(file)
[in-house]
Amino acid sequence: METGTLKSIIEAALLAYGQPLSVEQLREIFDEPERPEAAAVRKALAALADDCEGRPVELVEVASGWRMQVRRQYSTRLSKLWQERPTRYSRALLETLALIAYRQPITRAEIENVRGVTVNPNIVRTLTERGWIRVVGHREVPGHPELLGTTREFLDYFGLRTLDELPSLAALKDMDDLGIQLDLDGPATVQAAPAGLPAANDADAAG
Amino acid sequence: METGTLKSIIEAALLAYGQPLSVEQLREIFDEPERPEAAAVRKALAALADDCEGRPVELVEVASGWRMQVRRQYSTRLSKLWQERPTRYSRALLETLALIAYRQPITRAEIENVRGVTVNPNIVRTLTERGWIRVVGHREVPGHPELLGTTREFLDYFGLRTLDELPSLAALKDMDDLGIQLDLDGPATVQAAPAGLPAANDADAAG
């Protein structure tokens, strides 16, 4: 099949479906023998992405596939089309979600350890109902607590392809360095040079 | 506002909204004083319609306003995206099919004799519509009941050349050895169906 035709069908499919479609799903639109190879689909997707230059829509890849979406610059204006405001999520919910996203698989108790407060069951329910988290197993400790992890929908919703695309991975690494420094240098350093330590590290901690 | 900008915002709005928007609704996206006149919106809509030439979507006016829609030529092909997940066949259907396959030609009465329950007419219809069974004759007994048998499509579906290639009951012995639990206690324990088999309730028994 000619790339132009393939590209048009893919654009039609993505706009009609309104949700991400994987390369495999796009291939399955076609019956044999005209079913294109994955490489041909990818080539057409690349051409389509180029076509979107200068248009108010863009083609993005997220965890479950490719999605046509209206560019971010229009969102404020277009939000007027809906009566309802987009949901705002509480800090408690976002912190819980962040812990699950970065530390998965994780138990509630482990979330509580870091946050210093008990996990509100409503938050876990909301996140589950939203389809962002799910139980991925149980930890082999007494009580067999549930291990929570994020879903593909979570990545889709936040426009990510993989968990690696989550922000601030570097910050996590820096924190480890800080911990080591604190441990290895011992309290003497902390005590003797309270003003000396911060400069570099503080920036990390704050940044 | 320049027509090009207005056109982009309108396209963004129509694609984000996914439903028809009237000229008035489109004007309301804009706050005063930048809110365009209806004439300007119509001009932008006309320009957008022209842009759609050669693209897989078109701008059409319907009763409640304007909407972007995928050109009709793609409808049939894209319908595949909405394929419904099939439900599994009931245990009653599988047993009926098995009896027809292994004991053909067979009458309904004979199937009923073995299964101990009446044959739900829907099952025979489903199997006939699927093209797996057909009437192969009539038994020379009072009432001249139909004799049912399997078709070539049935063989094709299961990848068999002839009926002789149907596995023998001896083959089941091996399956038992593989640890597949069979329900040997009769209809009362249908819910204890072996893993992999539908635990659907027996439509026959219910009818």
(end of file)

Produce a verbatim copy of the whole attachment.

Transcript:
[in-house]
Amino acid sequence: METGTLKSIIEAALLAYGQPLSVEQLREIFDEPERPEAAAVRKALAALADDCEGRPVELVEVASGWRMQVRRQYSTRLSKLWQERPTRYSRALLETLALIAYRQPITRAEIENVRGVTVNPNIVRTLTERGWIRVVGHREVPGHPELLGTTREFLDYFGLRTLDELPSLAALKDMDDLGIQLDLDGPATVQAAPAGLPAANDADAAG
Amino acid sequence: METGTLKSIIEAALLAYGQPLSVEQLREIFDEPERPEAAAVRKALAALADDCEGRPVELVEVASGWRMQVRRQYSTRLSKLWQERPTRYSRALLETLALIAYRQPITRAEIENVRGVTVNPNIVRTLTERGWIRVVGHREVPGHPELLGTTREFLDYFGLRTLDELPSLAALKDMDDLGIQLDLDGPATVQAAPAGLPAANDADAAG
């Protein structure tokens, strides 16, 4: 099949479906023998992405596939089309979600350890109902607590392809360095040079 | 506002909204004083319609306003995206099919004799519509009941050349050895169906 035709069908499919479609799903639109190879689909997707230059829509890849979406610059204006405001999520919910996203698989108790407060069951329910988290197993400790992890929908919703695309991975690494420094240098350093330590590290901690 | 900008915002709005928007609704996206006149919106809509030439979507006016829609030529092909997940066949259907396959030609009465329950007419219809069974004759007994048998499509579906290639009951012995639990206690324990088999309730028994 000619790339132009393939590209048009893919654009039609993505706009009609309104949700991400994987390369495999796009291939399955076609019956044999005209079913294109994955490489041909990818080539057409690349051409389509180029076509979107200068248009108010863009083609993005997220965890479950490719999605046509209206560019971010229009969102404020277009939000007027809906009566309802987009949901705002509480800090408690976002912190819980962040812990699950970065530390998965994780138990509630482990979330509580870091946050210093008990996990509100409503938050876990909301996140589950939203389809962002799910139980991925149980930890082999007494009580067999549930291990929570994020879903593909979570990545889709936040426009990510993989968990690696989550922000601030570097910050996590820096924190480890800080911990080591604190441990290895011992309290003497902390005590003797309270003003000396911060400069570099503080920036990390704050940044 | 320049027509090009207005056109982009309108396209963004129509694609984000996914439903028809009237000229008035489109004007309301804009706050005063930048809110365009209806004439300007119509001009932008006309320009957008022209842009759609050669693209897989078109701008059409319907009763409640304007909407972007995928050109009709793609409808049939894209319908595949909405394929419904099939439900599994009931245990009653599988047993009926098995009896027809292994004991053909067979009458309904004979199937009923073995299964101990009446044959739900829907099952025979489903199997006939699927093209797996057909009437192969009539038994020379009072009432001249139909004799049912399997078709070539049935063989094709299961990848068999002839009926002789149907596995023998001896083959089941091996399956038992593989640890597949069979329900040997009769209809009362249908819910204890072996893993992999539908635990659907027996439509026959219910009818």